It seems some Phoenix folks are proud to display utter hatred and blatant disrespect to President Trump. The Southwest city used tax dollars for an “arts advocate” to hire an artist to create a Nazi-undertone billboard featuring the president. This project was done to “diminish barriers.”
Upon its mid-March opening to the public in downtown-Phoenix proper, it availed President Trump juxtaposed with clown-faced mushroom clouds and swastika-like dollar symbols—as well as the president’s lapel donning a Russian flag.
This political art sits at Grand Avenue & Taylor Street. Apparently, it’s to stay up until President Trump’s reign is over. Additionally, the owner, Grand Avenue Arts & Preservation Director Beatrice Moore dismissed tax money spent on the effort. While it has gained much media attention, none have availed the underlying point of local taxes being the main, monetary contributor. But they’ve emphasized Moore being its commissioner and owner—a local, well-known supporter for Grand Avenue’s art.
However, Phoenix and Moore’s relationship (mainly the fiscal aspect) never seem to emerge publicly. The media has also mentioned the various threats on political-art-billboard-artist Karen Fiorito’s life. Local news wrote on the installation being part of Phoenix’s yearly art festival—Fiorito intentionally meant to instigate chaos. (She asked for it; she got it.)
Even Big Media neglected to mention the aforementioned tax-dollars aspect. The Washington Post basically amplified Fiorito’s hate art. It went further to feature Fiorito’s Facebook post in which she refers to pro-Trumpers as “scumbags” and considers the nation to be on a “very dangerous path” with the end result being “total annihilation.” CBS Los Angeles pontificated on the aforementioned threats and Fiorito’s art contextualization stating it “represents global destruction, warfare and annihilation of the planet.” Her dollar signstikas symbolize “corporate power and greed and how our society has become all about money and corporatism,” Fiorito added in her statement.Sour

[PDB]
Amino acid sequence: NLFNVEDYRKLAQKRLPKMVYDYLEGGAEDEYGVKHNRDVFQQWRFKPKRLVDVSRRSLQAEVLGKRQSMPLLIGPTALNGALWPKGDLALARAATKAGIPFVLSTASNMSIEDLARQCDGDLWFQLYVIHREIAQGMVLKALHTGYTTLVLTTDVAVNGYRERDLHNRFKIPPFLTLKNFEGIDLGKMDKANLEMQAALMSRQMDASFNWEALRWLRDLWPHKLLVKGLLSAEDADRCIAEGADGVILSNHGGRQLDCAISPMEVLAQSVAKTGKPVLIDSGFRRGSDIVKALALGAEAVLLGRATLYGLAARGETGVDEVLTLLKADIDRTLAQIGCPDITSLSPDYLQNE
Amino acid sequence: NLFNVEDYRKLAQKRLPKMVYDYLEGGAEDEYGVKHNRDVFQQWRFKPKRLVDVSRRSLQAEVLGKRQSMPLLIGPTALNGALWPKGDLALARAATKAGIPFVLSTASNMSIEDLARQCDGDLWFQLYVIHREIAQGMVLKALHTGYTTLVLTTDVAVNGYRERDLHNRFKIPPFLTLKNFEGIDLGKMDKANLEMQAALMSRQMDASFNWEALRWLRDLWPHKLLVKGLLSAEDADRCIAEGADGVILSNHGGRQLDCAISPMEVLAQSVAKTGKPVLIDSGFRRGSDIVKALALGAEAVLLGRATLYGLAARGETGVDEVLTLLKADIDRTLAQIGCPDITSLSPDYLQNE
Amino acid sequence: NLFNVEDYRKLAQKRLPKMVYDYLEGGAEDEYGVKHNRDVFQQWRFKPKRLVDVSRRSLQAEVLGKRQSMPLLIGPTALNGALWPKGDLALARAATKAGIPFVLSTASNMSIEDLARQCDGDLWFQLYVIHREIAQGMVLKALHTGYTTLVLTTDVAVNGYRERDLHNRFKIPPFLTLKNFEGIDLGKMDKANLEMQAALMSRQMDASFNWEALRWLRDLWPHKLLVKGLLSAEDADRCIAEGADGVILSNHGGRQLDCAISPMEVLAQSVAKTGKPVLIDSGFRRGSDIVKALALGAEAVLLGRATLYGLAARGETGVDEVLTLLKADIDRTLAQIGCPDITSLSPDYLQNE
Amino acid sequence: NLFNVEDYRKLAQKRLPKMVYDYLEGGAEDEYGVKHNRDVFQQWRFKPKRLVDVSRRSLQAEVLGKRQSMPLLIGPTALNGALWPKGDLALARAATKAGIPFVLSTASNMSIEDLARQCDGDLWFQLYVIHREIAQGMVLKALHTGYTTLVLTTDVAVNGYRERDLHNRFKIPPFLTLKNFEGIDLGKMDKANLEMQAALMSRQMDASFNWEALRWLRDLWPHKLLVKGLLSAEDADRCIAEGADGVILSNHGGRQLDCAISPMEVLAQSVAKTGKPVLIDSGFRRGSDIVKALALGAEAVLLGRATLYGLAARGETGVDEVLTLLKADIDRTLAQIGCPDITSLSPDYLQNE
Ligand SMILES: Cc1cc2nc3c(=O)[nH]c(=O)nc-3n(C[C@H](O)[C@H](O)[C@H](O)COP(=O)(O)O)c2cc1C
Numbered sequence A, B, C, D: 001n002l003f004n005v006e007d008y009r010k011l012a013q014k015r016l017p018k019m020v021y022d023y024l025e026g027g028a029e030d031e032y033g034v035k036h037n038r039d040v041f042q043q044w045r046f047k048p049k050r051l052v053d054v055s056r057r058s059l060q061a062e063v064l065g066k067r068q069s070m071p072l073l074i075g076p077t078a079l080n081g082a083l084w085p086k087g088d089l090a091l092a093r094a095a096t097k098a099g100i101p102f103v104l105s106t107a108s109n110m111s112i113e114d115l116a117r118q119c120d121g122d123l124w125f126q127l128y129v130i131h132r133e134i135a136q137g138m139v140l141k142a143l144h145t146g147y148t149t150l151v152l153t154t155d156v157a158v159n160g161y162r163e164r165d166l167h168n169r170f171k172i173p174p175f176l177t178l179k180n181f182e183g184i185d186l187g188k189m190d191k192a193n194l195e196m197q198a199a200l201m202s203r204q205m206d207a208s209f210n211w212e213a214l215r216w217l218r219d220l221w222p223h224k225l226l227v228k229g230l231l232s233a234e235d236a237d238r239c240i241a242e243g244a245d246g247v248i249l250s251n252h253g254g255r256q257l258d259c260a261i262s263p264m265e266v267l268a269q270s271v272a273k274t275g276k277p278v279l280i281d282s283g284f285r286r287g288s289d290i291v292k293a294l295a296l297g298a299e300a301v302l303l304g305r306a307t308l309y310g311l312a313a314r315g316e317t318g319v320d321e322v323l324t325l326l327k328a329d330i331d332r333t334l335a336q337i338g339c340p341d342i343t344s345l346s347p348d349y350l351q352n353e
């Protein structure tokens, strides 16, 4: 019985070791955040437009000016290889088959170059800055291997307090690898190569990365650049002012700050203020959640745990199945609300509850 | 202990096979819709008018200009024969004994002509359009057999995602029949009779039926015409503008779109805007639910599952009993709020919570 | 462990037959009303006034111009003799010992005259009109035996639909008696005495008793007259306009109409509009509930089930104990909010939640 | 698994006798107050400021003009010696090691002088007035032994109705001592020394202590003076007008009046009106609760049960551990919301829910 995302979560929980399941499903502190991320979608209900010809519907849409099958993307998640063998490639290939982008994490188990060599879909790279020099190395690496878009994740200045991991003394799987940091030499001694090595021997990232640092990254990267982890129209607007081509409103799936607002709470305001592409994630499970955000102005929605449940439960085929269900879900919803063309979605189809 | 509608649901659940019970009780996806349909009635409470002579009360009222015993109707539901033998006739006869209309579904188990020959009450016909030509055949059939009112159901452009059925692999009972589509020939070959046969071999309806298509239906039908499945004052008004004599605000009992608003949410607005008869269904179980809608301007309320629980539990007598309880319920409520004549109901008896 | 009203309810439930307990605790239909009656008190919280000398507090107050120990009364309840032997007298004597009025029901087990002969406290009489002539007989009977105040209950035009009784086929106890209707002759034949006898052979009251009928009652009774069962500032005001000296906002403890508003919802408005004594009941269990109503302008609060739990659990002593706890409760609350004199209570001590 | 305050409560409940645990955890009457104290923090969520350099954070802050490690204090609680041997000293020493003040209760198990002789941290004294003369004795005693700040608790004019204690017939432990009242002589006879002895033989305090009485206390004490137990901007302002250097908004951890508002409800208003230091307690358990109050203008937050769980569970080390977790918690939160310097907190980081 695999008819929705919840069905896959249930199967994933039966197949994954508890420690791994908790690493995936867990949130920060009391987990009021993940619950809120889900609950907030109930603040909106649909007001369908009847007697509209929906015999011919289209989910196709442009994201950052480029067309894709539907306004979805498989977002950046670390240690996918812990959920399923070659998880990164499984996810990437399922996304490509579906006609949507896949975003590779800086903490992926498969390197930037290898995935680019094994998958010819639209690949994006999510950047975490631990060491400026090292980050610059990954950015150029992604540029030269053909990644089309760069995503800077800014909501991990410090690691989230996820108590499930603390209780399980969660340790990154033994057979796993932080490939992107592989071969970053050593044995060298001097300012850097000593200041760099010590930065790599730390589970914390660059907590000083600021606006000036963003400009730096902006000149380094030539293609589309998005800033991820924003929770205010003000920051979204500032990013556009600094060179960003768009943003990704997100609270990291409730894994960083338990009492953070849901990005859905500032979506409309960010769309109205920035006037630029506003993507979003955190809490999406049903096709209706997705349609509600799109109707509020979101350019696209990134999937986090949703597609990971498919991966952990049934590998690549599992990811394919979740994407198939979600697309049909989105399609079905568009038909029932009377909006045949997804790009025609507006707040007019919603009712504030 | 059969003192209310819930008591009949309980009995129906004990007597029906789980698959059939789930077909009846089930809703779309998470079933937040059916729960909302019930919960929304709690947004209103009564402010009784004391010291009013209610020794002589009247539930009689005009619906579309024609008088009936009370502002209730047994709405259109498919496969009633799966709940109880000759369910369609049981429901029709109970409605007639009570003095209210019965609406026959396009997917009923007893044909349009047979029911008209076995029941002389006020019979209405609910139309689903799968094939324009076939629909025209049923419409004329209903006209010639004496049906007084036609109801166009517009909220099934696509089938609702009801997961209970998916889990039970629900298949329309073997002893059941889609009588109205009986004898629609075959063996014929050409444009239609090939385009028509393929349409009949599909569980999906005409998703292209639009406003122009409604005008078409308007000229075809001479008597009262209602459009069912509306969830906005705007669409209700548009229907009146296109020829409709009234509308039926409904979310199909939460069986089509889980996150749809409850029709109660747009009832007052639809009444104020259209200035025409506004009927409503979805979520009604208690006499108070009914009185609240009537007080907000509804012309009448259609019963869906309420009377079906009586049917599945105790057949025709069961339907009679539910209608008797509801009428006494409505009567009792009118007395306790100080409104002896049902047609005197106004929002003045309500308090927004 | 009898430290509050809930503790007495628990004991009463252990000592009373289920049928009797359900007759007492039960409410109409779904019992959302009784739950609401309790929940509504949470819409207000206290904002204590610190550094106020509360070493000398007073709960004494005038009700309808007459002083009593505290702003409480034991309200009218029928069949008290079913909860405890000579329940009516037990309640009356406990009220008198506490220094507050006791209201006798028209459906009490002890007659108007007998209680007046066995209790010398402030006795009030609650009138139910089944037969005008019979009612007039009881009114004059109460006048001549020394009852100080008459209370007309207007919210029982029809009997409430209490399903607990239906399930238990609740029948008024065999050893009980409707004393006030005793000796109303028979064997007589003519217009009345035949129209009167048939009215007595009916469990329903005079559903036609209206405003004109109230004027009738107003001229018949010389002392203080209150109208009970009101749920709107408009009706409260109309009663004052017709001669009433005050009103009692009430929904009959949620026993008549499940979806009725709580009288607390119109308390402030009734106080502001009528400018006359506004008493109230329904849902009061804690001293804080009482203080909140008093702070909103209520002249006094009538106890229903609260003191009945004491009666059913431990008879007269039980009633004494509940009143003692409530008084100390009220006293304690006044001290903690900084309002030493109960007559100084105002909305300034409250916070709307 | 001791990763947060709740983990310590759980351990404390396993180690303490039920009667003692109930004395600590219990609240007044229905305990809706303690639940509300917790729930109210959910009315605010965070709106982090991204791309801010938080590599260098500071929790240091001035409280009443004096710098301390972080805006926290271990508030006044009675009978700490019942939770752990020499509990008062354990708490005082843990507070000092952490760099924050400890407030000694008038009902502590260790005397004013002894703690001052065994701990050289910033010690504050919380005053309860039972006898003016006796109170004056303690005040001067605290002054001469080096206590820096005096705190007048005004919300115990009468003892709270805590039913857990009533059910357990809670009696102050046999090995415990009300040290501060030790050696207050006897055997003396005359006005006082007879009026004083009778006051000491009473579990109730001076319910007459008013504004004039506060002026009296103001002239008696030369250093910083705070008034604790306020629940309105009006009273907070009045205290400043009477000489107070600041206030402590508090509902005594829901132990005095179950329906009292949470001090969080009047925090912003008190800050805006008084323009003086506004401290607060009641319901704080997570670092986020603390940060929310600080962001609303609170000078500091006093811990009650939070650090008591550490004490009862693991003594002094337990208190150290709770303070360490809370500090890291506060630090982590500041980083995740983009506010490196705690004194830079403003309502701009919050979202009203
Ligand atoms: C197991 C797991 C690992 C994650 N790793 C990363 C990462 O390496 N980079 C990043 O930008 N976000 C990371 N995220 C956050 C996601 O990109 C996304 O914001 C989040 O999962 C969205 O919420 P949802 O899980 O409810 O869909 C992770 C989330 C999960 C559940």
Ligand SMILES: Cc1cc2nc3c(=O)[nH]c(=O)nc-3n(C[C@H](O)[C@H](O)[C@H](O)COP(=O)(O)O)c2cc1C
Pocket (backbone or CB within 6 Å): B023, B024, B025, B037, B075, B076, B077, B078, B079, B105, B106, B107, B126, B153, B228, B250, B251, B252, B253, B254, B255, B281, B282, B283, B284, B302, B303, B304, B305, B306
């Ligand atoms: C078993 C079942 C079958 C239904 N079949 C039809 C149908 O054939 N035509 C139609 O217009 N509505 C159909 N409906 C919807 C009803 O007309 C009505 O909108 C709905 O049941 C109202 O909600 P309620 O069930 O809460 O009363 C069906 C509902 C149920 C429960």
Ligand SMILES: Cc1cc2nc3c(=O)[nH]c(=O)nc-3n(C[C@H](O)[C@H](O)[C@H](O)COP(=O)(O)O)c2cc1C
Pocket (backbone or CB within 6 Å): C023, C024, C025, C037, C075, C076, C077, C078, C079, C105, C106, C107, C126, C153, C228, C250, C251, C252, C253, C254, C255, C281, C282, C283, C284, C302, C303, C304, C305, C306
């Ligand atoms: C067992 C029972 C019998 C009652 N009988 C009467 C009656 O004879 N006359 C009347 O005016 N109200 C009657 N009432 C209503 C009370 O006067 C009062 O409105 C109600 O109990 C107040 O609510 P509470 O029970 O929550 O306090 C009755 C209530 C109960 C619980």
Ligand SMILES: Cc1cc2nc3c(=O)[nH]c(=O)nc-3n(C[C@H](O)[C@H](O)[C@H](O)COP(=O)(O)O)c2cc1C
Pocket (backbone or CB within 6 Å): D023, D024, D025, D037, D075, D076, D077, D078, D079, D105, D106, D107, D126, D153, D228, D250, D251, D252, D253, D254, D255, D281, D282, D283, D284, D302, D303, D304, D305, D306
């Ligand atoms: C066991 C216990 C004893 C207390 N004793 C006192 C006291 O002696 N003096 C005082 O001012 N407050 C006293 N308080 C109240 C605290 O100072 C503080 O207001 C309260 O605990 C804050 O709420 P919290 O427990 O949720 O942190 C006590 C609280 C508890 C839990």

To better investigate the tax-dollars issue, and not long after the billboard’s unveiling, upon Judicial Watch’s acquisition of public information, it was discovered Phoenix gave Nazi-Trump billboard owner Moore thousands of dollars in grants that went toward her Grand Avenue Arts & Preservation organization, which plays umbrella to Art Detour (the event that hosted Fiorito’s unveiling). The annual festival is known as “a diverse slate of activities created by local artists and art venues to celebrate the growing, vibrant Phoenix arts scene.” Phoenix Mayor Greg Stanton thinks it’s “…one of the most important events in Phoenix’s calendar.” Moore also launched Art Detour production-group Artlink—assisted by Phoenix. The city’s former-Deputy City Manager Rick Naimark is a member of Artlink’s board of directors.
In July, 2016, alone, the city donated $3,500 to Moore’s array of city-paid creative endeavors—according to public information. This includes March 2017’s Art Detour festival. Phoenix gave $1,800 to Moore’s Art Detour 2017. Phoenix called her quasi-protégé, Fiorito, an “artist, community organizer and arts advocate.” Apparently, funds stem from “government-grant monies”—such as the Arizona Commission on the Arts. But the cash goes toward “artists’ fees.” Further, Moore’s latest public-funded discovery (re: the anti-Trump installation) does not necessarily convey a “growing, vibrant” creative component to Phoenix. Ultimately, it fails at perpetuating Moore’s mission statement: “…diminishing barriers…” via artistic efforts.